My Birthright group (I’m in the middle of the top row)

I told them about my great-grandmother's rugelach recipe that had been passed down now to my mom. This little Jewish cookie was the one thing that made it through the melting pot. My mom would bake them at Christmas time to be left out for Santa Claus over a glass of cold milk. Not the most Jewish holiday, but Santa had no objections as his plate of cookies left out on Christmas Eve never failed to be reduced to crumbs by the next morning.

They loved the story and welcomed me to the tribe.

Who Are You?

Every experience in Israel was special in its own right. However, there were certain moments that stand out among them all, specifically those in Tzfat. On the second day of our trip we arrived in the mystical city. Our group traversed the cobblestone streets until we reached a stop where we would be catching our breath over a short meditation led by one of the locals. We awaited our guide while watching the sun lazily drop over Meron.

A boisterously happy voice made his way up the stairs, “Hello sweet souls!” he boomed. Around the corner bounced a bearded man, wrapped in a linen robe and headdress, carrying what appeared to be a two-foot long rams horn. It was Eyal Karoutchi, a well-known spiritual guide. The deep peace that radiated from his presence was unmistakable. He ushered us all into the meditation room where he sat us down and began to speak to us about meditation. After a couple minutes of joking with us, Eyal fell quiet, and along with him, so did the group. His energy dramatically shifted as he began to calm the room.

Eyal Karoutchi

He peered from one end of the room to the other, and in a gentle yet piercing voice, he said in a guru-like manner, “I am going to ask you a question. And what I want from you is simple. When I ask you the question, I don’t want you to think about your answer. Just let the answer arise from whatever is.”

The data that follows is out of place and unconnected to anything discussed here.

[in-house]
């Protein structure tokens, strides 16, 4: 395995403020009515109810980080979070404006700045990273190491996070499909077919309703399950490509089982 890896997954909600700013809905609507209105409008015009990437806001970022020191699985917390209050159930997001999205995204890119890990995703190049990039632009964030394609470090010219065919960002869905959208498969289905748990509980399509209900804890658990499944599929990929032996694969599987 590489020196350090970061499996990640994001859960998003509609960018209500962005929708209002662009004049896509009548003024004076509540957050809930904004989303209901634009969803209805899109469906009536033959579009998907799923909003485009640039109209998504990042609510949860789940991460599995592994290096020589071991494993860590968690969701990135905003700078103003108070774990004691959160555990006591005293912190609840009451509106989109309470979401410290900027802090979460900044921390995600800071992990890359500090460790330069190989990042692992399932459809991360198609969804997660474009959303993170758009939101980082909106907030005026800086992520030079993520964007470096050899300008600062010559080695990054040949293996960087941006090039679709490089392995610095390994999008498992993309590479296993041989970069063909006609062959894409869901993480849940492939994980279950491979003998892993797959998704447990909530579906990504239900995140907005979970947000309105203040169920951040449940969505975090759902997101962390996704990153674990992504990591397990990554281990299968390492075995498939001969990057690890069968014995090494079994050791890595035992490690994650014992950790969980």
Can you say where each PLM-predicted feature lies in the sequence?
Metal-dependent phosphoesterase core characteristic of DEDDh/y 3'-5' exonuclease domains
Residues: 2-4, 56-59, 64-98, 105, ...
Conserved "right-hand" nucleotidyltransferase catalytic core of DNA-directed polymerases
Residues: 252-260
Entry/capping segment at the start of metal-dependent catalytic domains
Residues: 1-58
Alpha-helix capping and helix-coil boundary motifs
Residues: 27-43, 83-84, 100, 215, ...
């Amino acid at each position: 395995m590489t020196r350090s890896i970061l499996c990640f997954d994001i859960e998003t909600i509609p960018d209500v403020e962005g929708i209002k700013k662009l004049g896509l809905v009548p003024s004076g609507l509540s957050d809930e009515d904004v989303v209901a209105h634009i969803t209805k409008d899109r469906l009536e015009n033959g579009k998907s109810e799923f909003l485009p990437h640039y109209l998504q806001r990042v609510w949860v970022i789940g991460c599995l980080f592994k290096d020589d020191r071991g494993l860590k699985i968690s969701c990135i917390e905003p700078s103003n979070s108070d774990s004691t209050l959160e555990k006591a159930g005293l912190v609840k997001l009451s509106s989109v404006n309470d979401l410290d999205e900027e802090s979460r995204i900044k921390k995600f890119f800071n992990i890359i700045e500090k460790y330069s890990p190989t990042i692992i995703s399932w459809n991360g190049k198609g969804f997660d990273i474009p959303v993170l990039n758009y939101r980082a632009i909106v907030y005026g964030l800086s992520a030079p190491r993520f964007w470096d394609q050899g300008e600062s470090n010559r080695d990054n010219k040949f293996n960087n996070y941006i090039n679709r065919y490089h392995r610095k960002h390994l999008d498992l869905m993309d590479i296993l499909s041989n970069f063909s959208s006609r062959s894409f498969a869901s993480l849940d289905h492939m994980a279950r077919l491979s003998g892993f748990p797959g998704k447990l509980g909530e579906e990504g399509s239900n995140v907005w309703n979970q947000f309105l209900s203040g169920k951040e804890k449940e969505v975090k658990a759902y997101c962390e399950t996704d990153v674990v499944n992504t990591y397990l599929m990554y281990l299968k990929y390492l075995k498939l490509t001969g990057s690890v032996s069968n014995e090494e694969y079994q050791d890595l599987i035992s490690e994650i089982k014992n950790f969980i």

Our curiosity built. He stopped his probing of the room, looked me straight in the eyes and asked piercingly:

“Who are you?”

As a philosophy major, this question was nothing new. I had been asking myself this for many years and it typically only led to existential dread. But this time, something had changed. I sensed for once I was coming closer to the answer. Although I had only been in Israel for a couple days, those days had shifted within me. I sat in silent contemplation, overcome by the joy of the story that was unfolding.

After our meditation came to an end, we made our way to our next stop in Tzfat, Avraham Loewenthal, a local kabbalistic artist. We stepped into his studio and found our places on the mats sprawled across the floor. At the head of the room sat Avraham. The bearded man radiated peace and sat patiently waiting as we found our spots.

He began to tell us his story. “Don’t let the look fool you. I wasn’t always Avraham from Tzfat. I used to be Robert from Michigan.” he beamed. He continued to relate to us his story of growing up in America, indifferent to his modern-Orthodox Jewish upbringing, all the way to his discovery of Judaism’s spiritual wisdom and his eventual move to Israel. I was hooked.

As I listened to him speak, I felt like I was seeing glimpses of my own story unfolding and materialized, 20 years down the road. The peace he radiated, the adventure he lived, and the spiritual connection he was sharing intrigued me. As he shared more of his story along with the wisdom that had guided him, I felt that something deep inside me was awakening. This wisdom felt like home.

He went on, “For two thousand years, our ancestors have been praying for our return to Israel. No expulsion, pogrom, or Holocaust, has stopped our ancestors from fighting and sometimes, dying so we could be here today. He laughed in amazement, “You may be the first person in your family to step foot here in the last two thousand years!”

As far as I knew, I was the first person in my family to set foot back in Israel!

A Searching Tribe

I thought about the rugelach and I wondered how my family had drifted so far. I was at a loss that anyone could have abandoned these treasures. Everything I was searching for had been tucked away in my DNA and I had no idea.

After years of searching, I discovered that I belonged to a nation that was asking the same questions I was asking. Not only were they asking the same questions, they were living and breathing the answers they uncovered. I was no longer alone in my search. I had found my tribe.

I arrived in Israel as a confused philosophy major. Now I was leaving the country with even deeper questions. But for the first time in my life, I felt confident that my questions actually had answers. Life had assigned me a mission and I was eager to follow the clues.

Eyal challenged me with a question “Who are you?I left Israel knowing one thing, I am Jewish. What that meant, I had no idea, but my Jewish odyssey was just beginning and that was good enough for me.